Two major Apple shareholders have issued an open letter urging the iOS device maker to study the impact of heavy usage of devices like the iPhone by teenagers and children. They also asked the Cupertino firm to offer more parental restrictions.
The letter, shared online by Jana Partners and the California State Teachers’ Retirement System, suggests that there’s a “growing body of evidence” that for youth with more intense habits, smartphones “may be having unintentional negative consequences.” The groups argue that “growing societal unease” could eventually affect Apple, and that stemming the problem now will aid the company’s shares.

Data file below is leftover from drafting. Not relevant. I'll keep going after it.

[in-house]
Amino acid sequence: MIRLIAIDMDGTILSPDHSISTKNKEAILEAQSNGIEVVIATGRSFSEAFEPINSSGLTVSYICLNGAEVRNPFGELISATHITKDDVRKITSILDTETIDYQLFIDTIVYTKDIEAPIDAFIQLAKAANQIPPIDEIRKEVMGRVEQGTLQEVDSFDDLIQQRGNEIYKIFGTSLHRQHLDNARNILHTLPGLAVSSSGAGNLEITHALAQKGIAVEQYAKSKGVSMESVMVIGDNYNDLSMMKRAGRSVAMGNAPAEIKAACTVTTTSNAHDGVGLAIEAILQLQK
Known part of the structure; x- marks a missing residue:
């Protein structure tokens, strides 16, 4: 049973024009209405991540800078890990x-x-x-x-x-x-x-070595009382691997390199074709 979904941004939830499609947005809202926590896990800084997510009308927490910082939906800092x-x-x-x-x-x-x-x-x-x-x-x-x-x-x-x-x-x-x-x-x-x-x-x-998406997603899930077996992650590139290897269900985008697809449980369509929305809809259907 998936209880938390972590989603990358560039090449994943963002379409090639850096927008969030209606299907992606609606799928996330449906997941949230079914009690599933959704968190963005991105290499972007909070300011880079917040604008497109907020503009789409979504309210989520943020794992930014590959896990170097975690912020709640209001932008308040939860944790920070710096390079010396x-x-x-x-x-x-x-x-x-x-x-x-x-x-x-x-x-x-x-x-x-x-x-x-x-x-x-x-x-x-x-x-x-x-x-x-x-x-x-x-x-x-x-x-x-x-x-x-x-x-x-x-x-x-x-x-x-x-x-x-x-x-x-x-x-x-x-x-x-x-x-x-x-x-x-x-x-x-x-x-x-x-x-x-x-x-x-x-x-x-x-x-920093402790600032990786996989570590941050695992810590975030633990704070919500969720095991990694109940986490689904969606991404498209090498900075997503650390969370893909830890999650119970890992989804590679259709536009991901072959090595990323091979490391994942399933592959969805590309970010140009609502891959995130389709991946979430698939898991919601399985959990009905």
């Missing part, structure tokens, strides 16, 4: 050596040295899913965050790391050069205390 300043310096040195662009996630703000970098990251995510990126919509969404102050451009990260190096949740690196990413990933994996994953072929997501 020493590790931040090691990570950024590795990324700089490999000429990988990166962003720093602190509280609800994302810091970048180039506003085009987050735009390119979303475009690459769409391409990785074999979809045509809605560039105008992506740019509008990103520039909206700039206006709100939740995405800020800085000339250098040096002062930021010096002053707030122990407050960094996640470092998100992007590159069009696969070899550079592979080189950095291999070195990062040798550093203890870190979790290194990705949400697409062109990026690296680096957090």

The duo asks Apple to add features to the initial setup of an iPhone to allow parents to set an age and proper limits on screen time, which hours of the day the device can be used, and which social networks can be accessed by the child. Parents would also be able to monitor the child’s usage of the device.
The letter also suggests active monitoring of the issue by an Apple executive, who would also be tasked with producing and publishing annual progress reports.
While Apple already offers some parental restrictions on its iOS devices, they are limited to controlling the ability of children to buy apps, access certain types of content, and the use of location sharing.
The full text of the letter can be viewed here.